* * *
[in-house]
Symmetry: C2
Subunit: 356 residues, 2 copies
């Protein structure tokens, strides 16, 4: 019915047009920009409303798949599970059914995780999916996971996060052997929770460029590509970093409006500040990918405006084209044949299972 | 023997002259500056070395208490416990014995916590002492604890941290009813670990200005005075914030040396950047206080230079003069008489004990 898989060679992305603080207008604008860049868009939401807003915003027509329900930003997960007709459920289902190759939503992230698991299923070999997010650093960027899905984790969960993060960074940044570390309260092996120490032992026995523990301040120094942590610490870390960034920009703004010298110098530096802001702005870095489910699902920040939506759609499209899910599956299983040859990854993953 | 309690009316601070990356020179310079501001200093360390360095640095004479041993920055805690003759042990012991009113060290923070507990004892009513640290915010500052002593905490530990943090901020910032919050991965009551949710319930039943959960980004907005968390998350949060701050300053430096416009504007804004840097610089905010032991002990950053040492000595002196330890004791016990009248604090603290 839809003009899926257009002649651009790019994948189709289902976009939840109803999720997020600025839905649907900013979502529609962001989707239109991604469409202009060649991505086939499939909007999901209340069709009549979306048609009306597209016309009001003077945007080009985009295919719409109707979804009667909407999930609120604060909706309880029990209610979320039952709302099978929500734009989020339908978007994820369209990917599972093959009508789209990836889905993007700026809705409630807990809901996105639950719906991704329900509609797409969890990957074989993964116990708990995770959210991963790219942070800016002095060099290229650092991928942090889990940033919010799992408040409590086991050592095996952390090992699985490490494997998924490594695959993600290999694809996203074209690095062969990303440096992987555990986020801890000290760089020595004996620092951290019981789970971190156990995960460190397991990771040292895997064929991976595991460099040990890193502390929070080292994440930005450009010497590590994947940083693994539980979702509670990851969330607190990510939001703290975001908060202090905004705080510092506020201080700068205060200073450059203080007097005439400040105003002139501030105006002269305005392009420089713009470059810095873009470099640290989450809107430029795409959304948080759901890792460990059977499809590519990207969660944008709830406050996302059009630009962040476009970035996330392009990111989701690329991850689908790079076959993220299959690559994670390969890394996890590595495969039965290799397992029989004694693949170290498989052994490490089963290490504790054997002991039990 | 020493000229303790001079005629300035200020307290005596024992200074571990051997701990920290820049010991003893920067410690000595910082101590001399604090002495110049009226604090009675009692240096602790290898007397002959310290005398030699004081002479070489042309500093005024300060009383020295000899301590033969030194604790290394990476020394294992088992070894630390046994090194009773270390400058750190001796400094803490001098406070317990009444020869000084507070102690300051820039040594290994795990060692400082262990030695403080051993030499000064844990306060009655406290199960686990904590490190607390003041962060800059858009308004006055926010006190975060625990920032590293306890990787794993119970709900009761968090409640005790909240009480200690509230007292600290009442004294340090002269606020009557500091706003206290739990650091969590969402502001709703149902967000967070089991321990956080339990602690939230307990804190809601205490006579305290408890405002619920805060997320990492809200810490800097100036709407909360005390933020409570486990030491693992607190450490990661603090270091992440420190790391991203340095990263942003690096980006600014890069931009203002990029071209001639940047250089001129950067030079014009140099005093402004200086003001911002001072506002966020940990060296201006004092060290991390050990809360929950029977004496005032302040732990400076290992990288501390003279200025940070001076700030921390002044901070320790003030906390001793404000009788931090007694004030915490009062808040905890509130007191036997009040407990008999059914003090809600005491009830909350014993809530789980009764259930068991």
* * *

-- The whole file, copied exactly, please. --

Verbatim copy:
[in-house]
Symmetry: C2
Subunit: 356 residues, 2 copies
């Protein structure tokens, strides 16, 4: 019915047009920009409303798949599970059914995780999916996971996060052997929770460029590509970093409006500040990918405006084209044949299972 | 023997002259500056070395208490416990014995916590002492604890941290009813670990200005005075914030040396950047206080230079003069008489004990 898989060679992305603080207008604008860049868009939401807003915003027509329900930003997960007709459920289902190759939503992230698991299923070999997010650093960027899905984790969960993060960074940044570390309260092996120490032992026995523990301040120094942590610490870390960034920009703004010298110098530096802001702005870095489910699902920040939506759609499209899910599956299983040859990854993953 | 309690009316601070990356020179310079501001200093360390360095640095004479041993920055805690003759042990012991009113060290923070507990004892009513640290915010500052002593905490530990943090901020910032919050991965009551949710319930039943959960980004907005968390998350949060701050300053430096416009504007804004840097610089905010032991002990950053040492000595002196330890004791016990009248604090603290 839809003009899926257009002649651009790019994948189709289902976009939840109803999720997020600025839905649907900013979502529609962001989707239109991604469409202009060649991505086939499939909007999901209340069709009549979306048609009306597209016309009001003077945007080009985009295919719409109707979804009667909407999930609120604060909706309880029990209610979320039952709302099978929500734009989020339908978007994820369209990917599972093959009508789209990836889905993007700026809705409630807990809901996105639950719906991704329900509609797409969890990957074989993964116990708990995770959210991963790219942070800016002095060099290229650092991928942090889990940033919010799992408040409590086991050592095996952390090992699985490490494997998924490594695959993600290999694809996203074209690095062969990303440096992987555990986020801890000290760089020595004996620092951290019981789970971190156990995960460190397991990771040292895997064929991976595991460099040990890193502390929070080292994440930005450009010497590590994947940083693994539980979702509670990851969330607190990510939001703290975001908060202090905004705080510092506020201080700068205060200073450059203080007097005439400040105003002139501030105006002269305005392009420089713009470059810095873009470099640290989450809107430029795409959304948080759901890792460990059977499809590519990207969660944008709830406050996302059009630009962040476009970035996330392009990111989701690329991850689908790079076959993220299959690559994670390969890394996890590595495969039965290799397992029989004694693949170290498989052994490490089963290490504790054997002991039990 | 020493000229303790001079005629300035200020307290005596024992200074571990051997701990920290820049010991003893920067410690000595910082101590001399604090002495110049009226604090009675009692240096602790290898007397002959310290005398030699004081002479070489042309500093005024300060009383020295000899301590033969030194604790290394990476020394294992088992070894630390046994090194009773270390400058750190001796400094803490001098406070317990009444020869000084507070102690300051820039040594290994795990060692400082262990030695403080051993030499000064844990306060009655406290199960686990904590490190607390003041962060800059858009308004006055926010006190975060625990920032590293306890990787794993119970709900009761968090409640005790909240009480200690509230007292600290009442004294340090002269606020009557500091706003206290739990650091969590969402502001709703149902967000967070089991321990956080339990602690939230307990804190809601205490006579305290408890405002619920805060997320990492809200810490800097100036709407909360005390933020409570486990030491693992607190450490990661603090270091992440420190790391991203340095990263942003690096980006600014890069931009203002990029071209001639940047250089001129950067030079014009140099005093402004200086003001911002001072506002966020940990060296201006004092060290991390050990809360929950029977004496005032302040732990400076290992990288501390003279200025940070001076700030921390002044901070320790003030906390001793404000009788931090007694004030915490009062808040905890509130007191036997009040407990008999059914003090809600005491009830909350014993809530789980009764259930068991």